Company Profile: Titan Robotics
December 10, 2015
Editor’s note: In an effort to help our readers differentiate the companies providing rapid technologies, we will be profiling them on Rapid Ready Technology. If you are a rapid technology manufacturer or service provider and would like to be considered for a profile, please contact us.
In 2013, Clay Guillory read an article about 3D printing being used to construct buildings and was fascinated. The mechanical engineer was working at Diversified Machine Systems (DMS), a designer and manufacturer of 3- and 5-axis CNC machining centers. “It made me think about applying linear motion technology to 3D printing,” he says. He was in his garage, designing his own heavy-duty, steel-welded, precision-machined 3D printers by 2014.
Guillory founded Titan Robotics while still working at DMS, but left to pursue his work at Titan full time in May of 2015. Today, as founder and CEO of Titan Robotics, Guillory has moved out of the garage and leads a small team in Colorado Springs, CO, that designs, manufactures, markets and installs two industrial plastic extrusion 3D printers: The Hyperion and The Atlas.
The Hyperion 3D printer has a base build space of 20x18x22-in. The fully enclosed 3D printer has a heated build plate and an extruder capable of printing 1.75mm or 3mm plastics. The larger Atlas 3D printers has a standard build space of 30x30x45 in. Both 3D printers are accurate to within +/- 0.03 in. and use open source plastics and controllers to keep costs low, Guillory says. For example, the Atlas base model costs $20,000, including two days of installation labor, a year warranty and unlimited customer service via phone. Components necessary for ABS (acrylonitrile butadiene styrene) 3D printing are available as add-on options, as is a dual extruder.
The company custom builds its 3D printers for clients, including the Rocky Mountain Dinosaur Resource Center that Guillory says has been running its Atlas 24/7 since it was installed in February, and Titan Robotics' latest install at We Are Rocket Science (WARS), a creative design and fabrication studio in Brooklyn.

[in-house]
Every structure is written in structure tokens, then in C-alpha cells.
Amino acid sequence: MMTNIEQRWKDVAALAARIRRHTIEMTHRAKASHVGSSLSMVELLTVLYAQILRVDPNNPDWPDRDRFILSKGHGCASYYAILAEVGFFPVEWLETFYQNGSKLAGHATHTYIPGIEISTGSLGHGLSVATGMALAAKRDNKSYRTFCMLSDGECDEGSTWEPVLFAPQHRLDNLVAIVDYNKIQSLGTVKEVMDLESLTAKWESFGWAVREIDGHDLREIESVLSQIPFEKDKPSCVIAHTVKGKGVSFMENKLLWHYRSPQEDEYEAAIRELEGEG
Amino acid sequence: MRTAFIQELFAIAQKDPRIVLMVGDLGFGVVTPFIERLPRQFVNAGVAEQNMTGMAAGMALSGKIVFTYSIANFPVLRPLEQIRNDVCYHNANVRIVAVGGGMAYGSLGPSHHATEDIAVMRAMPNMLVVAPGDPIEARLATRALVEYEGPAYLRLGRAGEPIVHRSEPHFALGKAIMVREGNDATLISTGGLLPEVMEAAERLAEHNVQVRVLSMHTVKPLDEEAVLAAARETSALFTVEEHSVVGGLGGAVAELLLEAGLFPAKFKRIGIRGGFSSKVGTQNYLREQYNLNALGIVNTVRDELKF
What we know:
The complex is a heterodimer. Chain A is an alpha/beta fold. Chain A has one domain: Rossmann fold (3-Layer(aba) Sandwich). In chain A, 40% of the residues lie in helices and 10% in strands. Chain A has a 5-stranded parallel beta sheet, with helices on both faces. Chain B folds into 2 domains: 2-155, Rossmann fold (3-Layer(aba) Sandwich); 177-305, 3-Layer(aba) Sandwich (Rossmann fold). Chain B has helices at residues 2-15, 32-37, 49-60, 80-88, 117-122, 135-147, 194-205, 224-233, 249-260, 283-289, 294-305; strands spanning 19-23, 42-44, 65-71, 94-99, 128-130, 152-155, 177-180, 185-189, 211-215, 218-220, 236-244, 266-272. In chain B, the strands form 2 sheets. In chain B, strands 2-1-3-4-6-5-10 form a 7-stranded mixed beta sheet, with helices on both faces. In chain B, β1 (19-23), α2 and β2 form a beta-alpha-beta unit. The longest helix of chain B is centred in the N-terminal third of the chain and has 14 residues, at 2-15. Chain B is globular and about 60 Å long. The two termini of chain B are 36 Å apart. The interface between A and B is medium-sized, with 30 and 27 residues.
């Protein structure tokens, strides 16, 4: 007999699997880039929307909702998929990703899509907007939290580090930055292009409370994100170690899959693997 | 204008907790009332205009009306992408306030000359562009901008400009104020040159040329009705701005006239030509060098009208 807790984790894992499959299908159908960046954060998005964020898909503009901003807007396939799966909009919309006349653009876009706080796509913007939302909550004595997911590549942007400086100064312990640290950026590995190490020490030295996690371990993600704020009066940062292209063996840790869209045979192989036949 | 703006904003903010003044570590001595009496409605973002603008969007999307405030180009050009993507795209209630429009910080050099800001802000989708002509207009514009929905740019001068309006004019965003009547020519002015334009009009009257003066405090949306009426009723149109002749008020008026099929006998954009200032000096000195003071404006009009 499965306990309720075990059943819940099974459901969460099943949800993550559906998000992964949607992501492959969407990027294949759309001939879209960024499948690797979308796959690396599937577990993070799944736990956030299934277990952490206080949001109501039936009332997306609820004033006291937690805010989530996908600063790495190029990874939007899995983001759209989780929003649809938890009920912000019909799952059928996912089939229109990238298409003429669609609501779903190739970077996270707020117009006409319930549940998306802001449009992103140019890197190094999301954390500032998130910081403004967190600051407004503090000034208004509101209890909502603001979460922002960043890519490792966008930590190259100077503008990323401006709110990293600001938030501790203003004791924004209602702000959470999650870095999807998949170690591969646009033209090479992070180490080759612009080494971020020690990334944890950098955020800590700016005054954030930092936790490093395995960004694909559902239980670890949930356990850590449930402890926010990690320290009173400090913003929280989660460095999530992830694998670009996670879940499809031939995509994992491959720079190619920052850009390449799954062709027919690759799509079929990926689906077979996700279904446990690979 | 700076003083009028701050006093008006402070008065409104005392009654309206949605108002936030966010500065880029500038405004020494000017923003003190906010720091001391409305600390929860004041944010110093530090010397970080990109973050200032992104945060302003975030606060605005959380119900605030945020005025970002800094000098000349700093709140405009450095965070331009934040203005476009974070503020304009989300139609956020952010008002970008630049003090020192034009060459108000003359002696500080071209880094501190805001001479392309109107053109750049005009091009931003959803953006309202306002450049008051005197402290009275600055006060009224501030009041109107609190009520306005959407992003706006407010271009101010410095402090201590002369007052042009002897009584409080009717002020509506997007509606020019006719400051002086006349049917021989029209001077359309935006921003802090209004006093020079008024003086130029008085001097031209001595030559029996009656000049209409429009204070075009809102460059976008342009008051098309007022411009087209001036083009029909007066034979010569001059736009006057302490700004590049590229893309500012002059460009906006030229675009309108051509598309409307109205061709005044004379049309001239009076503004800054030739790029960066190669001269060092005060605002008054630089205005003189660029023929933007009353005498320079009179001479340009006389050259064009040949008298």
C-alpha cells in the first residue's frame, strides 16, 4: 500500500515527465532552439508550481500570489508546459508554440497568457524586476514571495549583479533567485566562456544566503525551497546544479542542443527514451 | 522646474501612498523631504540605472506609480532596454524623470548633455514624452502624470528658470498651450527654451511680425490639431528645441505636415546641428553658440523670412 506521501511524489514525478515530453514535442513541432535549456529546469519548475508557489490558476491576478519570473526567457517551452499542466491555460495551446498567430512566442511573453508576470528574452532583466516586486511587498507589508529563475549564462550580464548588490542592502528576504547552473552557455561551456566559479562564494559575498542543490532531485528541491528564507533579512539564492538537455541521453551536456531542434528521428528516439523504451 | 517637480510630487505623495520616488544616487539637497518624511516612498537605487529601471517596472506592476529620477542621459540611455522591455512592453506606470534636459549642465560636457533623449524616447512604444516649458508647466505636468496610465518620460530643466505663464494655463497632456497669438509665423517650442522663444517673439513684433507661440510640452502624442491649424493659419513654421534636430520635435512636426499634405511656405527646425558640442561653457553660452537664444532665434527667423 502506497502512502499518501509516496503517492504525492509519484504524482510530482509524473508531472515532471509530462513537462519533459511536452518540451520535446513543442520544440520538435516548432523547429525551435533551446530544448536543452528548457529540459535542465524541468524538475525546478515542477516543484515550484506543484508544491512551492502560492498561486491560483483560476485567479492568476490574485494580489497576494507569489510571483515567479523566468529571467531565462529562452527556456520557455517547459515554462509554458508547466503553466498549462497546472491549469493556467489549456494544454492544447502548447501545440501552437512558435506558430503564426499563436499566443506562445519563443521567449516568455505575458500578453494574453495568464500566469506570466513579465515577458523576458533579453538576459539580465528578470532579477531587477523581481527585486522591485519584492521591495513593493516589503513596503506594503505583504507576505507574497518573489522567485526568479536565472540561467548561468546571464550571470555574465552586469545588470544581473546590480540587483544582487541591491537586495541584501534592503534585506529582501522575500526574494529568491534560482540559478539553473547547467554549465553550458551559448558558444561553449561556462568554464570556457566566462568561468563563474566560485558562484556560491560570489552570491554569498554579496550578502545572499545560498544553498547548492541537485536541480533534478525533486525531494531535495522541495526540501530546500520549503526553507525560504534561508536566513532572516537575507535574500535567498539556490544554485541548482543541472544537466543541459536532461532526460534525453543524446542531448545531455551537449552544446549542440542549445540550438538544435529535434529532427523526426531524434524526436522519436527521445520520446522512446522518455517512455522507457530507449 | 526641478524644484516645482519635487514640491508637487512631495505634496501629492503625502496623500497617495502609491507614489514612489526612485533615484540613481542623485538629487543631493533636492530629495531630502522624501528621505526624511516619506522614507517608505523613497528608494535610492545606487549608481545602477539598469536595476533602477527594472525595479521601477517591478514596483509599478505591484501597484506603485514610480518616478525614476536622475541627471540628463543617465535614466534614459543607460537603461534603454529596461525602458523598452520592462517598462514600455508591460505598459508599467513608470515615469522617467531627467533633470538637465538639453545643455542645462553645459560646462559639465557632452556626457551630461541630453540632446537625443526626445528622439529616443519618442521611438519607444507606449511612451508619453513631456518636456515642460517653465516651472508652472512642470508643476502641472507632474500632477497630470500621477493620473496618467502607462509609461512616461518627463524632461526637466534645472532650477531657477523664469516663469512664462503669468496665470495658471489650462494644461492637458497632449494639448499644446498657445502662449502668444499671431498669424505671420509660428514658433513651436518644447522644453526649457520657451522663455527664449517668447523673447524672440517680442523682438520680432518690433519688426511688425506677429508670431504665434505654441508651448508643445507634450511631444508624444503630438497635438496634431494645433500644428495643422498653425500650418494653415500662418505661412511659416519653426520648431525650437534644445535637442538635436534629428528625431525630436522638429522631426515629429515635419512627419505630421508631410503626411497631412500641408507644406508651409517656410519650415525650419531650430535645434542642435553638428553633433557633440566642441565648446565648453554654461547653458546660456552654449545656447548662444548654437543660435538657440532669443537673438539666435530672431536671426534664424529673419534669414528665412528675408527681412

“We'll build whatever the customer wants,” Guillory says. “The smallest 3D printer we've built was 30x30x45-in. and I’ve quoted out 8x8x6 ft. machines.”
Prosthetics and Partnerships
Titan Robotics is a 3D Hub for the Denver area. As Desktop Engineering reported in “3D Printing at Your Door,” 3D Hubs' goal is to bring people in need of 3D printing together with 3D printer owners via decentralized, local manufacturing. Users can log into 3D Hubs and request a print from Titan Robotics. The company's job shop also provides 3D printed samples to customers. Titan Robotics' site even includes a live feed of its 3D printers in action.
Some of those live prints are of prosthetics. One of Guillory's first partnerships was with e-NABLE, a global network of volunteers who use 3D printing to create prosthetic hands and arms for those in need. Read about Titan Robotics' work with e-NABLE here, and Rapid Ready Tech's previous coverage here. Titan Robotics also does other work in the prosthetics field, including working with Paralympic athletes. In fact, Titan Robotics employee Allison Jones is a mechanical engineer and Paralympic gold medalist. Jones, a two-sport athlete in Para Alpine Skiing and Para Cycling, is preparing for the 2016 Summer Paralympics in Rio de Janeiro while helping to develop a prosthetics and orthotics division at Titan Robotics.
Get a close-up look at The Atlas:
See how Titan Robotics' 3D printers are used at the Rocky Mountain Dinosaur Resource Center:
Sources: Titan Robotics website and interviews.
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About the Author
Jamie Gooch is the former editorial director of Digital Engineering.Follow DE